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Holiday Staging Tips

You don’t have to go all Clark Griswold to show your holiday spirit. Decorations can be subtle, tasteful and inviting when a house is up for sale during the holiday months.

Sure, there are two sides to this: Some staging and real estate professionals assert that you shouldn't decorate at all during the holidays, careful not to offend those who don't celebrate the holiday. Others argue you should definitely decorate and that a festive house can welcome buyers. How much or how little you decorate may be open to debate with your home sellers. But if you are looking to add in some tasteful holiday decor this season to a home, here are some ideas:


1. Clean and stage. Before you decorate, your house needs to be staged. If your living room is already piled high with clutter, your ceramic reindeer collection is only going to add to the sense of overcrowding. Keep it simple.


2. Create a cozy vibe. The less-is-more mantra of home staging may tempt you to forgo holiday cheer this year. But a few subtle touches like a bowl of pinecones, an evergreen wreath, or a nature-inspired green to enhance a room with subtle décor. Put a pot of cider simmering on the stove, this can create a warm and festive feeling in your home


3. Complement your palette. Before you start untangling your tinsel, make sure your holiday collection matches your current decor. If your living room is painted a soothing ocean-blue hue, skip the clashing red garland and opt for white snowflakes or a silver glass-ball wreath. If you’ve got an earthy color scheme, accent with rich tones like cranberries, forest greens and gold.


4. Accentuate the positive. Too many trimmings may distract buyers, but the right accessories can draw attention to your home’s best features. Dangle mistletoe in an arched doorway, or display your Cresch or menorah on the ledge of a bay window; just don’t block a beautiful view with stick-on snowflake decals or clutter an elegant fireplace with personalized stockings.


5. Go light on lights. Step away from the inflatable snowman, Clark Griswold. One man’s “merry” is another man’s “tacky,” so tone down any garish light displays while your home is on the market. Keep the holiday decorations looking as good in the daylight as they are in the dark.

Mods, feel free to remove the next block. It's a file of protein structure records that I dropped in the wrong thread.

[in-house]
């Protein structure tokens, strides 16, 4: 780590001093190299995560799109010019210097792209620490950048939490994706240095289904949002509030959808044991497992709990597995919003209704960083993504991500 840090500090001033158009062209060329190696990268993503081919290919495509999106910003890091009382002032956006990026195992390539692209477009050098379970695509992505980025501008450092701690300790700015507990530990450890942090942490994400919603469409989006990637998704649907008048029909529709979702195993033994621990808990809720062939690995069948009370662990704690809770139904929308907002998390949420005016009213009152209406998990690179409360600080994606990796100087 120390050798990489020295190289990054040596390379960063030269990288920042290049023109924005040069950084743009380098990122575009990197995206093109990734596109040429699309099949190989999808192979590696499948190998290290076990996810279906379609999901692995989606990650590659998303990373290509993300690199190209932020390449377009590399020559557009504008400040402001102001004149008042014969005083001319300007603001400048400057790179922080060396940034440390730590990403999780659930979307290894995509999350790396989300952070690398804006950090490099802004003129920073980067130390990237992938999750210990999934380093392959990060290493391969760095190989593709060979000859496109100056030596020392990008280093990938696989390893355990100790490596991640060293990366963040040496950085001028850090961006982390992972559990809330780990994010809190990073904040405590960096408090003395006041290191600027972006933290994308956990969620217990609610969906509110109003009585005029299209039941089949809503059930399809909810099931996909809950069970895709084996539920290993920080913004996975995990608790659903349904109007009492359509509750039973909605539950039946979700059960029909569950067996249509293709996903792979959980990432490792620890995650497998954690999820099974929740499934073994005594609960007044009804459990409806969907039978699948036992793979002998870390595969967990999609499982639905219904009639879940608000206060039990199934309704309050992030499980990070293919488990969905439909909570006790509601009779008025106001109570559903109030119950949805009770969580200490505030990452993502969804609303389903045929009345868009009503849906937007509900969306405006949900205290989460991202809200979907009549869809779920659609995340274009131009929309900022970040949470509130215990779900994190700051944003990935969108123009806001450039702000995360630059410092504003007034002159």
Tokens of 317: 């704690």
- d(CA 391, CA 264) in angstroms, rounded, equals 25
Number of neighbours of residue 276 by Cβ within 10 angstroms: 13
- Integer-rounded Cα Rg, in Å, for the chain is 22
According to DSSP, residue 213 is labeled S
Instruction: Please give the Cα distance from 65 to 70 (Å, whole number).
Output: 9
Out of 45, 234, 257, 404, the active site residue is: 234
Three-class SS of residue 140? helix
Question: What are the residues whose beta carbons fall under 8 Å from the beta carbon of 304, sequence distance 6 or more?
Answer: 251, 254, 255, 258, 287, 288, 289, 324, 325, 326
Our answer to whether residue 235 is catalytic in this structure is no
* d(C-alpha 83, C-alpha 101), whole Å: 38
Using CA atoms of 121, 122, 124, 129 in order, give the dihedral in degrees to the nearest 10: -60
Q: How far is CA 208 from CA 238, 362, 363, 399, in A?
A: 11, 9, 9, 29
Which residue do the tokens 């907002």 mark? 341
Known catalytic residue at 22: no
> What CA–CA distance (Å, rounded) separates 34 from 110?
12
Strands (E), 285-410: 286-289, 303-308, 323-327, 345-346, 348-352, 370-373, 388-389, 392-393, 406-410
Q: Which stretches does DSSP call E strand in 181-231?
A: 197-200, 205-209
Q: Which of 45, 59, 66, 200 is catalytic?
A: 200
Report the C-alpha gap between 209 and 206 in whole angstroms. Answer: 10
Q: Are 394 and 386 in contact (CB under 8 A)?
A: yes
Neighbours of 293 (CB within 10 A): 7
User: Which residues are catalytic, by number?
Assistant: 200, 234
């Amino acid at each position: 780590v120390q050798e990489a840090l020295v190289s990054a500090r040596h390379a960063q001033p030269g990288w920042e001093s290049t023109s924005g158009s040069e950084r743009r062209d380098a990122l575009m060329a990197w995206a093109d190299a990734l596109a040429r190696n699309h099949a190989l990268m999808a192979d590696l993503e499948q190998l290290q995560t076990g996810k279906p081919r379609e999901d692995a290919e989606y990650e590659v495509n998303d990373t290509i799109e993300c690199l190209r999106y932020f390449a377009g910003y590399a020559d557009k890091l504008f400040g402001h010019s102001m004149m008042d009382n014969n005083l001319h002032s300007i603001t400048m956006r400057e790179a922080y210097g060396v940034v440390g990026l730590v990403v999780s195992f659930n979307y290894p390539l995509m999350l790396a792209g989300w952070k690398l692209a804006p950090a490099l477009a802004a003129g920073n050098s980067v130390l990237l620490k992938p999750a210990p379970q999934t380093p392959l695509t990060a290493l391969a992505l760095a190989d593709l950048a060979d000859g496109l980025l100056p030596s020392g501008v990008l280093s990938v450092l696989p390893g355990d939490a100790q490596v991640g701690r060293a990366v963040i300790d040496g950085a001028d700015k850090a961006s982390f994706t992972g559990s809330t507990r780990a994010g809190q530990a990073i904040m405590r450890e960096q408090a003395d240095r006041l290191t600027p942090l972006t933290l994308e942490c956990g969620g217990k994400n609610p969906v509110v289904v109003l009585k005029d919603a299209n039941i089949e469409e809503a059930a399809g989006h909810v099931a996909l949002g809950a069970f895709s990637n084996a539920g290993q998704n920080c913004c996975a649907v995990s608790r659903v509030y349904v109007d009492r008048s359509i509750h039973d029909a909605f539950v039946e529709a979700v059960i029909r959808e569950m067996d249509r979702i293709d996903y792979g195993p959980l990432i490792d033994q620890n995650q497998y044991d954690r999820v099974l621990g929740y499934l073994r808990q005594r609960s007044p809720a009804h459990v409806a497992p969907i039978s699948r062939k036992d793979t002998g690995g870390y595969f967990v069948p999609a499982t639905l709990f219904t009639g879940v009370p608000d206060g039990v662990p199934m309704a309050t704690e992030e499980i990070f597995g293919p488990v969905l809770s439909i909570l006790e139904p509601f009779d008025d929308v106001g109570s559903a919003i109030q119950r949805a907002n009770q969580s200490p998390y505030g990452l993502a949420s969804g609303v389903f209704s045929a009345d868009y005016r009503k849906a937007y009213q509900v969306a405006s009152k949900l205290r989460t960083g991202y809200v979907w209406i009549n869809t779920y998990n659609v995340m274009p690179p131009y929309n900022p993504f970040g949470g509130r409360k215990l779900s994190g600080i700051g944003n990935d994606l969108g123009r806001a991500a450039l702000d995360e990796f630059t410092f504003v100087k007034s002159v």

Use a simple string lighting to play up your home’s architecture or draw attention to the gorgeous fir tree in your front yard.


6. Offer up some holiday treats to visitors. Filled candy bowls and cookies will be a welcome surprise and may make buyers want to linger.


7. Mind the tree. A tall Christmas tree can help you show off your two-story great room, but make sure the wide base won’t overwhelm the floor space. If your living area is on the small side, save space with a skinny tree. Swap the gaudy heirloom ornaments and trim your tree in a cohesive theme such as icicle lights and silver tinsel, for example, or blue and gold glass balls.


8. Clear the clutter. A few decorations can stir the holiday spirit, but don’t feel obliged to hang every last ornament. “A lot of people, when they decorate, tend to use all the extra space in their house,” Powers says. “You still want each space to look as spacious as possible.” Limit yourself to a few hints of holiday flair, but stash the rest in the basement for now. If you start to miss your Santa figurines, just remember that with a little luck, you’ll be celebrating next year’s holidays in a new home. And you can decorate that place any way you please.


9. Accentuate the Entry Dress up the doorstep with a wreath and planter. Silver is shiny and can reflect the sun, making it a great choice to get others to stop and take notice of a home.


10. Highlight the fireplace mantel with holiday décor to get this amenity to take center stage in the room. But don’t overcrowd it with decorations. Less is sometimes more, in this case.

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11. Use garland to highlight a feature. For example, get them to notice that curvy stairway with some festive garland wrapped around it.


12. Add in some poinsettias. The holiday plants aren’t only festive but the red-popping color can add to a room's tables or doorstep.